So, it must save a lot of money too, right?
- Not exactly.
This upgrade would only save her $2 a month.
- Which isn't a lot but she could put those savings towards a good cause like, I don't know, supporting Two Cents on Patriot.
- Not now, babe.
- Okay, so, what if Sam switches to an electric car?
I mean, General Motors just announced they're switching all their cars to electric by 2035, so, why not Sam?
After all, she doesn't drive the best car for the planet, a 2010 Honda Accord.
So, if she drives the average number of miles, paying $2.50 a gallon, she'll be looking at over $1,300 a year in gas alone.
But if she buys a 2021 Nissan Leaf electric car, she'll pay just over $500 a year to charge it, that's over $800 a year in savings.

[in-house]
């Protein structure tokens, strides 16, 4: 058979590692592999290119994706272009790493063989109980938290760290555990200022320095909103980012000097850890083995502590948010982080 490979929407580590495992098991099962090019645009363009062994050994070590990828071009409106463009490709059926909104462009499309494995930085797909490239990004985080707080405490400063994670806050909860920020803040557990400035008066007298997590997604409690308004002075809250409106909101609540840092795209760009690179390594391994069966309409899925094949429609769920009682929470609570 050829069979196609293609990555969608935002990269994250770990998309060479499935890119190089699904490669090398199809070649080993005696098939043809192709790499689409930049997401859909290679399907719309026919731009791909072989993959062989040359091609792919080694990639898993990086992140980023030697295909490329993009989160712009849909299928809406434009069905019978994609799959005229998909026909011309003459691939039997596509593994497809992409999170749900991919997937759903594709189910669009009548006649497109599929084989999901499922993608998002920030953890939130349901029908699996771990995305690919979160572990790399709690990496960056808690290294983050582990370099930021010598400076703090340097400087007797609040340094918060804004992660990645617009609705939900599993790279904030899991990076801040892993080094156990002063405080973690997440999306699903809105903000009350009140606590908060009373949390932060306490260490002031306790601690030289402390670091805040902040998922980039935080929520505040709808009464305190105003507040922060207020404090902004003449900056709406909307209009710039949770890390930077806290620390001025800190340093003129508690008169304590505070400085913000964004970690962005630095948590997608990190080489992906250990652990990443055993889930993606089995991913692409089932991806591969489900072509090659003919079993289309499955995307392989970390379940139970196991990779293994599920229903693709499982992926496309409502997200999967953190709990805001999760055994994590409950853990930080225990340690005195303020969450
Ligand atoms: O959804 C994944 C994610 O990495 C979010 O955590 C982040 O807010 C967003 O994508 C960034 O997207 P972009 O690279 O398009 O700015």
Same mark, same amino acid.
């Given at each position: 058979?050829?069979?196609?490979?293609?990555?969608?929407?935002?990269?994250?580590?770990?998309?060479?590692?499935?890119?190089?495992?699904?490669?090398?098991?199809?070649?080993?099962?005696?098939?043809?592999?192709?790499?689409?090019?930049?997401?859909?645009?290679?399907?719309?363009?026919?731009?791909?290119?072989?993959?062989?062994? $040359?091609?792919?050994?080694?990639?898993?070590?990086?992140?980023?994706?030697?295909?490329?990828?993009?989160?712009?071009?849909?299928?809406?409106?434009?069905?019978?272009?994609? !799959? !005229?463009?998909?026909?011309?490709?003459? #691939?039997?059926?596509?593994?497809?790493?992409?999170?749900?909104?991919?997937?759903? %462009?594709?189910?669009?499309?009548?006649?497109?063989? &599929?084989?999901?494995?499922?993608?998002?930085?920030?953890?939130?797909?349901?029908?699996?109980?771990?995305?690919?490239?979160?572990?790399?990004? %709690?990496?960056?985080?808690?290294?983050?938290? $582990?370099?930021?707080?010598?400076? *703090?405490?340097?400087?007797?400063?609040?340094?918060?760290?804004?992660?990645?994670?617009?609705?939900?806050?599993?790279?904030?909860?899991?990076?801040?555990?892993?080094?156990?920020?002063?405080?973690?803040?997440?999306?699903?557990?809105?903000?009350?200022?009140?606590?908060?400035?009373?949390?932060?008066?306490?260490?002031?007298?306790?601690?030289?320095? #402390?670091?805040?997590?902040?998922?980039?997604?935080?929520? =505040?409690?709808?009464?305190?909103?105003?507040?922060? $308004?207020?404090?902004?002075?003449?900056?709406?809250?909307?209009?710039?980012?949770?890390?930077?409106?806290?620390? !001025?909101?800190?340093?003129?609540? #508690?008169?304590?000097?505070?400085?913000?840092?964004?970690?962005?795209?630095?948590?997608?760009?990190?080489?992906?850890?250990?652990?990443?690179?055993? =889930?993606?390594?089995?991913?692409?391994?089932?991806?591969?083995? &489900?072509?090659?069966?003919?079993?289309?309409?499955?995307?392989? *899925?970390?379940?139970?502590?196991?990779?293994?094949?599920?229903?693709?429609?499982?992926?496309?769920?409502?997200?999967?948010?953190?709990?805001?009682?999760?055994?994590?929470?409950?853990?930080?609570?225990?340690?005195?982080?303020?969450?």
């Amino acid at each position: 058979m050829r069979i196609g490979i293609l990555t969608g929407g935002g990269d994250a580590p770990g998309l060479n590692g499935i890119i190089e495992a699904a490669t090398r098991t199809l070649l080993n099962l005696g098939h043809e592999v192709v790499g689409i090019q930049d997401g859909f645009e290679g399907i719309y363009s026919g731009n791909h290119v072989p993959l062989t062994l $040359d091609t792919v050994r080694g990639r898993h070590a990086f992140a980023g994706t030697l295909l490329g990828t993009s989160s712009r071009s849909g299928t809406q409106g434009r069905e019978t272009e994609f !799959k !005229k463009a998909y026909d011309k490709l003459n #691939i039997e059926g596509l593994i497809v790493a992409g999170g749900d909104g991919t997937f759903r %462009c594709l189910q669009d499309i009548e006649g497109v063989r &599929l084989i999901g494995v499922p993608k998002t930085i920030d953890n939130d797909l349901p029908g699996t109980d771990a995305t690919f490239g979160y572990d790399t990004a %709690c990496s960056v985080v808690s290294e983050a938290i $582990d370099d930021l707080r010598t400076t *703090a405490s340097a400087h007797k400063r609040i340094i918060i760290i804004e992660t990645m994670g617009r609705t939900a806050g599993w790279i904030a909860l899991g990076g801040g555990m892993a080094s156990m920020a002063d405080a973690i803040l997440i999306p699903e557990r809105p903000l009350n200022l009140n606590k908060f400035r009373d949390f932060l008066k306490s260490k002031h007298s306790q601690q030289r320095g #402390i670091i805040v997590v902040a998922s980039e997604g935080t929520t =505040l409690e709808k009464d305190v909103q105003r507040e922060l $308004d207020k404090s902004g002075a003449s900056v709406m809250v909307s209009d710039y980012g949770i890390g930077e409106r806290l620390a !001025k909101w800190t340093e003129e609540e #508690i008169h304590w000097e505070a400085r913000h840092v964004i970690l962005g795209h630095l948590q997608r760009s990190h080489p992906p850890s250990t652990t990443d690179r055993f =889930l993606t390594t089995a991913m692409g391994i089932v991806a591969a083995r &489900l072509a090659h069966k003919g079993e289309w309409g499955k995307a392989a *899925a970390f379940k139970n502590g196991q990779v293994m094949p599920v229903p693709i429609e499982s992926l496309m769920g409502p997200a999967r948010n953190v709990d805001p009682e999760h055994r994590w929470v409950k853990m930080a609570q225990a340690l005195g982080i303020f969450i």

- And while some electric cars cost a fortune and can be more in insurance, a new Nissan Leaf is only around $31,000 and offers insurance rates that are comparable to many gas powered cars.
Sam could also get the federal tax incentive knocking down the price even further.
Plus, electric vehicles cost thousands less in maintenance and repairs over their lifetime.
So, she could potentially save around $300 a year on these costs alone.
- If Sam's not ready to ditch her Honda, though, she could still save money by biking to work instead of driving, and she'll get in her daily exercise too.
So, let's assume Sam is closer to work than the average American and it's 10 miles each way.
That's 100 a week or 400 miles a month, she's not driving in her car.
After factoring in operating costs and maintenance, the bike costs about $6 a month to ride to work, compared to around $53 a month if she would have driven.
That means Sam saves about $47 a month by biking to work which is over $550 a year.
So, if her bike costs her $500, she'll make that up and savings in just under a year.